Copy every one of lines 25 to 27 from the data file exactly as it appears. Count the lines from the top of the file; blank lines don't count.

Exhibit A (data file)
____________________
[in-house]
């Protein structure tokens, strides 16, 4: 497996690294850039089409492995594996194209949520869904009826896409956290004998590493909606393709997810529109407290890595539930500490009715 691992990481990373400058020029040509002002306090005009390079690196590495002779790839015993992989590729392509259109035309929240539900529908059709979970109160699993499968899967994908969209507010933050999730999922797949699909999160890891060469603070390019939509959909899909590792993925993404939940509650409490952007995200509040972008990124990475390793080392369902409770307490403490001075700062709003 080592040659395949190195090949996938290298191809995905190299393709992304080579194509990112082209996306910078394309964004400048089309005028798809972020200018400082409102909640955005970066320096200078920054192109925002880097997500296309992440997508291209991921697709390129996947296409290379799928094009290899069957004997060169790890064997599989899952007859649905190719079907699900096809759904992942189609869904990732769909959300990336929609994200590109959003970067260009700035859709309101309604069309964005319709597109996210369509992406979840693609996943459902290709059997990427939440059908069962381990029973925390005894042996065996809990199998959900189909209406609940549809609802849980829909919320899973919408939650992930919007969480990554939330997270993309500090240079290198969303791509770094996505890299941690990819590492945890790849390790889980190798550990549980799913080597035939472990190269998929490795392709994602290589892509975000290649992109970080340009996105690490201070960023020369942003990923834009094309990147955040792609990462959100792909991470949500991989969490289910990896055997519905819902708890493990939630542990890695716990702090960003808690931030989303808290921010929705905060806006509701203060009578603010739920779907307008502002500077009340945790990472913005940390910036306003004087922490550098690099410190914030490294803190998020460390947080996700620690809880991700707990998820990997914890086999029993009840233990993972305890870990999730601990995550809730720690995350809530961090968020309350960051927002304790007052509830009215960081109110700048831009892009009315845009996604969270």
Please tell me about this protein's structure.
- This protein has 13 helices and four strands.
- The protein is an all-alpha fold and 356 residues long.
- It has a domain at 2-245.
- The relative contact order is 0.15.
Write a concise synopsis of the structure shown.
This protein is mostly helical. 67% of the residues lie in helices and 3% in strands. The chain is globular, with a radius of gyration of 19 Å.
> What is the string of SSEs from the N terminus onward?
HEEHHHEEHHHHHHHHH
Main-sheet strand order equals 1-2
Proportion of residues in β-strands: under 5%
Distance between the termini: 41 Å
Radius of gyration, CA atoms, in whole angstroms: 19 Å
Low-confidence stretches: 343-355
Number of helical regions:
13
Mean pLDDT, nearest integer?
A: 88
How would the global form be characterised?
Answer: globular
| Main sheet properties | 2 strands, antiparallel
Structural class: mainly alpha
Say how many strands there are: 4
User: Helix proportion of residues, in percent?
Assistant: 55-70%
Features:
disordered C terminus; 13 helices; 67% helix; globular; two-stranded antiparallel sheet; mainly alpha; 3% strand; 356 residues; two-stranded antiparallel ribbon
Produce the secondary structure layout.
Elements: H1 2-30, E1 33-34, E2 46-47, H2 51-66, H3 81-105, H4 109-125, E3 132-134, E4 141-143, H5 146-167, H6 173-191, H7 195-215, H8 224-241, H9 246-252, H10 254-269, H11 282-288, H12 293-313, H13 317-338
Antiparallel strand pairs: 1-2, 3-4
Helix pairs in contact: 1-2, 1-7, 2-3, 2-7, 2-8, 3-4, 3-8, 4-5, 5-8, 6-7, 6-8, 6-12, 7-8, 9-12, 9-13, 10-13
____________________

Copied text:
Say how many strands there are: 4
User: Helix proportion of residues, in percent?
Assistant: 55-70%